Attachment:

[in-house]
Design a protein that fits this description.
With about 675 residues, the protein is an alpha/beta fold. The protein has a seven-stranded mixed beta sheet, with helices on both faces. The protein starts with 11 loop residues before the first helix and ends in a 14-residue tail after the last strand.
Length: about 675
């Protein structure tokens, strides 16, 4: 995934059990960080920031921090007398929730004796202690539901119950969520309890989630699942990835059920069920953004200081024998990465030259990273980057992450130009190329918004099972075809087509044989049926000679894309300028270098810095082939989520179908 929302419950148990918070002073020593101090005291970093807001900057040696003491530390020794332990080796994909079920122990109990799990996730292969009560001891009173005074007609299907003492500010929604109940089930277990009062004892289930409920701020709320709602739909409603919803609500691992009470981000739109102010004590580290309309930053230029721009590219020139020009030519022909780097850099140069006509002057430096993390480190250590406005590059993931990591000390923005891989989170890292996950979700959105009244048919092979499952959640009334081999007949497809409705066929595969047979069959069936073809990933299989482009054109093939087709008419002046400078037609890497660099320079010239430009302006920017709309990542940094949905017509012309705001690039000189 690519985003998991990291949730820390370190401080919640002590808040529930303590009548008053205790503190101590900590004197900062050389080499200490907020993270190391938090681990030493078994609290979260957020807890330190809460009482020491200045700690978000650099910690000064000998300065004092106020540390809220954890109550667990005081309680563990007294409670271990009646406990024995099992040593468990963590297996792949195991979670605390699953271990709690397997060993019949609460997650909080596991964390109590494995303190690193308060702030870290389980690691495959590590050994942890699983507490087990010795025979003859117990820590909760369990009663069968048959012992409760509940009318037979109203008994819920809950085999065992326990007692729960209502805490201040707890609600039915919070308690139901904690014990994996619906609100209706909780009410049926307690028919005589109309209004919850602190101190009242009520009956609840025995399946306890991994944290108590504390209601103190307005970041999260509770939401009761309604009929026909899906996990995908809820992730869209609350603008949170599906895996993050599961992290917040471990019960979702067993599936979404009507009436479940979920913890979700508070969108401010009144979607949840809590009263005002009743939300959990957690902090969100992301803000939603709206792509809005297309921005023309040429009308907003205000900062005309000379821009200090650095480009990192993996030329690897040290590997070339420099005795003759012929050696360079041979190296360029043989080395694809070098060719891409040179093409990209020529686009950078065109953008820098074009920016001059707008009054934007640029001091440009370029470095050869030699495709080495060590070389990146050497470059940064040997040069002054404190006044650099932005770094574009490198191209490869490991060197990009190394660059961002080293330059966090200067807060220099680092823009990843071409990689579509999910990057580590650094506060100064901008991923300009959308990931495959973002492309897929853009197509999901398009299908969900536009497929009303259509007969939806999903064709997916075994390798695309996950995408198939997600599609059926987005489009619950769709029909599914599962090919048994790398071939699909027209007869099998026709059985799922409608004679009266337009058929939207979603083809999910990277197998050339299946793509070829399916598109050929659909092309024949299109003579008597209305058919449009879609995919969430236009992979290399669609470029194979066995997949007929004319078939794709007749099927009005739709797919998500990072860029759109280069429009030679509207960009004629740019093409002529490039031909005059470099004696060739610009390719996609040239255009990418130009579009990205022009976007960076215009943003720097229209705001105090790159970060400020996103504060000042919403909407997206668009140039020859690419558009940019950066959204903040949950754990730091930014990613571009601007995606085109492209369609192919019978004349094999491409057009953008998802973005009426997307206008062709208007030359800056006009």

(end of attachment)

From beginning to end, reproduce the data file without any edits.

[in-house]
Design a protein that fits this description.
With about 675 residues, the protein is an alpha/beta fold. The protein has a seven-stranded mixed beta sheet, with helices on both faces. The protein starts with 11 loop residues before the first helix and ends in a 14-residue tail after the last strand.
Length: about 675
């Protein structure tokens, strides 16, 4: 995934059990960080920031921090007398929730004796202690539901119950969520309890989630699942990835059920069920953004200081024998990465030259990273980057992450130009190329918004099972075809087509044989049926000679894309300028270098810095082939989520179908 929302419950148990918070002073020593101090005291970093807001900057040696003491530390020794332990080796994909079920122990109990799990996730292969009560001891009173005074007609299907003492500010929604109940089930277990009062004892289930409920701020709320709602739909409603919803609500691992009470981000739109102010004590580290309309930053230029721009590219020139020009030519022909780097850099140069006509002057430096993390480190250590406005590059993931990591000390923005891989989170890292996950979700959105009244048919092979499952959640009334081999007949497809409705066929595969047979069959069936073809990933299989482009054109093939087709008419002046400078037609890497660099320079010239430009302006920017709309990542940094949905017509012309705001690039000189 690519985003998991990291949730820390370190401080919640002590808040529930303590009548008053205790503190101590900590004197900062050389080499200490907020993270190391938090681990030493078994609290979260957020807890330190809460009482020491200045700690978000650099910690000064000998300065004092106020540390809220954890109550667990005081309680563990007294409670271990009646406990024995099992040593468990963590297996792949195991979670605390699953271990709690397997060993019949609460997650909080596991964390109590494995303190690193308060702030870290389980690691495959590590050994942890699983507490087990010795025979003859117990820590909760369990009663069968048959012992409760509940009318037979109203008994819920809950085999065992326990007692729960209502805490201040707890609600039915919070308690139901904690014990994996619906609100209706909780009410049926307690028919005589109309209004919850602190101190009242009520009956609840025995399946306890991994944290108590504390209601103190307005970041999260509770939401009761309604009929026909899906996990995908809820992730869209609350603008949170599906895996993050599961992290917040471990019960979702067993599936979404009507009436479940979920913890979700508070969108401010009144979607949840809590009263005002009743939300959990957690902090969100992301803000939603709206792509809005297309921005023309040429009308907003205000900062005309000379821009200090650095480009990192993996030329690897040290590997070339420099005795003759012929050696360079041979190296360029043989080395694809070098060719891409040179093409990209020529686009950078065109953008820098074009920016001059707008009054934007640029001091440009370029470095050869030699495709080495060590070389990146050497470059940064040997040069002054404190006044650099932005770094574009490198191209490869490991060197990009190394660059961002080293330059966090200067807060220099680092823009990843071409990689579509999910990057580590650094506060100064901008991923300009959308990931495959973002492309897929853009197509999901398009299908969900536009497929009303259509007969939806999903064709997916075994390798695309996950995408198939997600599609059926987005489009619950769709029909599914599962090919048994790398071939699909027209007869099998026709059985799922409608004679009266337009058929939207979603083809999910990277197998050339299946793509070829399916598109050929659909092309024949299109003579008597209305058919449009879609995919969430236009992979290399669609470029194979066995997949007929004319078939794709007749099927009005739709797919998500990072860029759109280069429009030679509207960009004629740019093409002529490039031909005059470099004696060739610009390719996609040239255009990418130009579009990205022009976007960076215009943003720097229209705001105090790159970060400020996103504060000042919403909407997206668009140039020859690419558009940019950066959204903040949950754990730091930014990613571009601007995606085109492209369609192919019978004349094999491409057009953008998802973005009426997307206008062709208007030359800056006009």